In 60% of occupations, at least one-third of activities could be automated, implying substantial workplace transformations for workers. In fact, while automation and artificial intelligence will boost productivity and economic growth, millions of people worldwide may need to switch occupations or upgrade skills, warns McKinsey in its Jobs lost: Jobs gained report.
The potential impact of automation on employment varies by occupation and sector, of course. Activities most susceptible include physical ones in predictable environments, including operating machinery and preparing fast food, while collecting and processing data can increasingly be done better and more quickly with machines.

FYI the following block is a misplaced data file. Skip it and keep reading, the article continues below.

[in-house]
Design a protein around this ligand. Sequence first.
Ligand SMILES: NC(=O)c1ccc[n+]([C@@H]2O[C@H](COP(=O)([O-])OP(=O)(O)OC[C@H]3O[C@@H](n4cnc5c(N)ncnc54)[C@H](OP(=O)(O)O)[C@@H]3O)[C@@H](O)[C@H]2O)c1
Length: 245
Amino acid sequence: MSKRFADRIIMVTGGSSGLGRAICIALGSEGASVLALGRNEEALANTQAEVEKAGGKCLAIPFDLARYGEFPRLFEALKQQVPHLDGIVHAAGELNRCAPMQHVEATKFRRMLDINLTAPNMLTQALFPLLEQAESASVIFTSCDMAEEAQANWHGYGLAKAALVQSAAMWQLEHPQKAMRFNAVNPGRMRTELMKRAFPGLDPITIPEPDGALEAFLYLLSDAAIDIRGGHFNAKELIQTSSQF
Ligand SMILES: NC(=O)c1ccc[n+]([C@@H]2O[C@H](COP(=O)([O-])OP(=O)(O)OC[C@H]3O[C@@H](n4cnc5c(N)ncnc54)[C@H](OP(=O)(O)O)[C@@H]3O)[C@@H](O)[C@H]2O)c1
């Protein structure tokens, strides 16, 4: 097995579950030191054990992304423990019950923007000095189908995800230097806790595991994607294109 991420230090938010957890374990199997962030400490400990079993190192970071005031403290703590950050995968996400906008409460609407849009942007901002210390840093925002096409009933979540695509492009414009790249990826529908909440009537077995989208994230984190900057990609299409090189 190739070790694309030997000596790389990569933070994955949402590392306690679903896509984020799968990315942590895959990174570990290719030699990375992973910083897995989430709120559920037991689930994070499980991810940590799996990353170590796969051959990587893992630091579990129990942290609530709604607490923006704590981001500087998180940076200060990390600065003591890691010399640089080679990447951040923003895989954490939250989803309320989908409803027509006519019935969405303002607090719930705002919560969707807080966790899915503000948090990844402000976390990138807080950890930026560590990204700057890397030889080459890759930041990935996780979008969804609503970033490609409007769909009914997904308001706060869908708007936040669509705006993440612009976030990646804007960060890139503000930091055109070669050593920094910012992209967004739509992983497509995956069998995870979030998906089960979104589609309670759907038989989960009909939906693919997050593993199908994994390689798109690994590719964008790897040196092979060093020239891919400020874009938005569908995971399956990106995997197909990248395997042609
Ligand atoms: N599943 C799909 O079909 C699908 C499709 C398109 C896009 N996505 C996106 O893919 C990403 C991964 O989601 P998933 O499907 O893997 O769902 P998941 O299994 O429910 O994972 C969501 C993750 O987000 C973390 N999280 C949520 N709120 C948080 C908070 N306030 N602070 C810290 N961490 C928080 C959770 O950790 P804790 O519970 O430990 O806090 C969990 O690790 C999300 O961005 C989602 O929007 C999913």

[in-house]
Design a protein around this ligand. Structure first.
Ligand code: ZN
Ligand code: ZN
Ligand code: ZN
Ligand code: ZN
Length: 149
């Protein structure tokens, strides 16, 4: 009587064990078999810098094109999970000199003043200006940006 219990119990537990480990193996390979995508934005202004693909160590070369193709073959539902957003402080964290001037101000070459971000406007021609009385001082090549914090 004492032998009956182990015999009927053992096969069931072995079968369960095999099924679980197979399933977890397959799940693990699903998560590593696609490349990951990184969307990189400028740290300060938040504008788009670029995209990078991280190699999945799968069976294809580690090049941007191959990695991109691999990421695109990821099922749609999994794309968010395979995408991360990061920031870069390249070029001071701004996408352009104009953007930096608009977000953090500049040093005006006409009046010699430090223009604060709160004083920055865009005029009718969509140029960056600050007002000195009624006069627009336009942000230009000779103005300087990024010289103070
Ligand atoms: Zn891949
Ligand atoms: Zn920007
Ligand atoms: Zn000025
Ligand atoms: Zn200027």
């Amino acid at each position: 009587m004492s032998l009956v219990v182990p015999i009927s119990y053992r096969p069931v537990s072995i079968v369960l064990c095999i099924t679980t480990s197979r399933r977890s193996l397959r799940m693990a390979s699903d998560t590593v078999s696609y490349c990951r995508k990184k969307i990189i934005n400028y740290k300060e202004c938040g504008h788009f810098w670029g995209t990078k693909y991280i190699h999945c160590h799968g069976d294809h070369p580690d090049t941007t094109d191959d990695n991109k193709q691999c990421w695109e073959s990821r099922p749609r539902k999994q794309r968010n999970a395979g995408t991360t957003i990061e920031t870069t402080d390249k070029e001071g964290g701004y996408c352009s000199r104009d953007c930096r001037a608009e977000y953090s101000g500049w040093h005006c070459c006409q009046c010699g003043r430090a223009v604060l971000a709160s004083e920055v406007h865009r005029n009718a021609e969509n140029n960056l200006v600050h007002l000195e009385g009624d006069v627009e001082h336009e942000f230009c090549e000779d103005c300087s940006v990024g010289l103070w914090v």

“This could displace large amounts of labour, for instance, in mortgage origination, paralegal work, accounting, and back-office transaction processing,” says McKinsey.
Jobs in unpredictable environments – gardeners, plumbers, or providers of child- and eldercare – will generally see less automation by 2030, as they are technically difficult to automate and often poorly paid, making automation a less attractive business proposition.
McKinsey estimates that between 400 and 800 million individuals globally could be displaced by automation and need to find new jobs by 2030.
China faces the largest number of workers needing to switch occupations, up to 100 million if automation is adopted rapidly. Up to one-third of the 2030 workforce in the US and Germany, and nearly half in Japan will need to change jobs.
Image: Steve Mullins